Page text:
Literature, like travel, is all about discovery and exploration.
Both travel and literature offer us sincere opportunities to expand our minds and horizons. I can speak from personal experience when noting that it's nothing short of magical how much growth you can do in a semester or less when you're walking new streets on the way to class, and turning new pages once you get there.
Studying literature overseas was a rewarding experience that brought me a deeper love for both the written word and the road less traveled.
Can I Study Abroad as a Literature Major?
Yes, you can most certainly study abroad as a literature major.
I went abroad to study literature on two occasions, and before each departure, I carefully went over my transcript to ascertain what courses I'd already amassed towards my degree, as well as what I still needed to add to it.
There are no shortage of programs around the world that offer extensive literature course selections that will ensure that your year overseas is a fruitful one which enables you to fulfill your respective degree requirements.
Beyond the notion of whether you "can" study abroad, I would say that you "should" study abroad as a literature major. Literature is unique in the sense that if you're studying local authors, you're actively providing context to your surroundings and imbuing your experience with meaning.
Conversely, the more you discover about the country and city in which you're situated, the more likely you are to understand the author. For me, "Gulliver's Travels" by Irish author Jonathan Swift really came to life when I gained a greater understanding of Irish history, and why a strong satirical voice was so necessary at that particular moment in time.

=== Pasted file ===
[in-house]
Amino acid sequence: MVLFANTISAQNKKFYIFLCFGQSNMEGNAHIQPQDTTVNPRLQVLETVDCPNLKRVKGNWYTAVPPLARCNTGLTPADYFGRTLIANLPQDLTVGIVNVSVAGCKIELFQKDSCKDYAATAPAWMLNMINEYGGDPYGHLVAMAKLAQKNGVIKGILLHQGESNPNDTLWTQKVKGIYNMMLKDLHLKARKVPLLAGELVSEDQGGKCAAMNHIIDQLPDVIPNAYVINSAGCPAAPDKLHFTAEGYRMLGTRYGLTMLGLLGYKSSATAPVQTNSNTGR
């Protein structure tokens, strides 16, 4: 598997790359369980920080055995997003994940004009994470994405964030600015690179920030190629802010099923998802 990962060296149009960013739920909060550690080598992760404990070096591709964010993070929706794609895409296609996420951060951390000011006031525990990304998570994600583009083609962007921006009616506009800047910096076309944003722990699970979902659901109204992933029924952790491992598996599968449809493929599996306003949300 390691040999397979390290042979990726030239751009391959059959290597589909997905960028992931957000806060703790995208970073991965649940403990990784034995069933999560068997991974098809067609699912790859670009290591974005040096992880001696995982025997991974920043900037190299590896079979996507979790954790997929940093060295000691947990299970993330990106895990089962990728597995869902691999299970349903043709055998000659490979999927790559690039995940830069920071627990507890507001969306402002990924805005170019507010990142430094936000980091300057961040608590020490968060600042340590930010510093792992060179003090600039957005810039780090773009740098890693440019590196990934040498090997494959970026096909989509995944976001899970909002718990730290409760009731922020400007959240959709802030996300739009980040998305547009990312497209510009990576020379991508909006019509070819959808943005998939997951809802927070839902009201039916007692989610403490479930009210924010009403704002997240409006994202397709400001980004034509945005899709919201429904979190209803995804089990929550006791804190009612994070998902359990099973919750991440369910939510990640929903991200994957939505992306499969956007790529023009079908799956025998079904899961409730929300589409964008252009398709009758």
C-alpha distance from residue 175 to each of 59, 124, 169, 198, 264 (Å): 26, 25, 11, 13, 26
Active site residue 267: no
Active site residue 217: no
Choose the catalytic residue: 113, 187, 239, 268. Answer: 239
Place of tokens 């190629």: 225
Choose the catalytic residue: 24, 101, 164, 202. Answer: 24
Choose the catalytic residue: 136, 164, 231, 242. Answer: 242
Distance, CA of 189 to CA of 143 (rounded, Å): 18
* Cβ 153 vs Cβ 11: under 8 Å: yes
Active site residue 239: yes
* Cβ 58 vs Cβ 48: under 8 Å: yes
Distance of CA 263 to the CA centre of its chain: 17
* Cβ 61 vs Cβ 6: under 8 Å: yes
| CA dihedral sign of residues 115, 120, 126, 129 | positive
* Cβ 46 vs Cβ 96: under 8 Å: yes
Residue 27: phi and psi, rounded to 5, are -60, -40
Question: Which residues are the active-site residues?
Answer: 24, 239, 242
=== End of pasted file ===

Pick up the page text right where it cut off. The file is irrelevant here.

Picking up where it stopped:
How to Find a Good Literature Abroad Program
When you're searching for the program that is the best fit for you, there are a number of things that you'll want to consider. For one, location is obviously going to be quite important. You'll want to consider nations that offer the potential to really enhance your learning experience. For example, studying English literature in Ireland was a perfect fit for me because of my deep love for Irish authors such as Oscar Wilde, James Joyce, W.B. Yeats, Samuel Beckett, and Jonathan Swift. Almost every country in the world has a rich literary heritage you can explore more by studying abroad.
Beyond the historical contribution to the literature of the nation, I was also pragmatic about my decision. I looked carefully at the campus and how my study habits might fit into the fold. For one, when I researched the campus of Trinity College, I was struck by the sights of the Old Library, as well as the openness of the campus. I knew that such a place would be inspiring for me to learn.
Lastly, I considered what the city was like, and how that would fit into my study abroad experience. Dublin, to me, seemed like the perfect fit. It was a place that I knew had no shortage of pubs and cafes for me to mingle with the locals and observe the culture firsthand. My other study abroad experience was at the University of Oslo and the access to nature was a major selling feature for me since I know that I do much of my best thinking on long walks.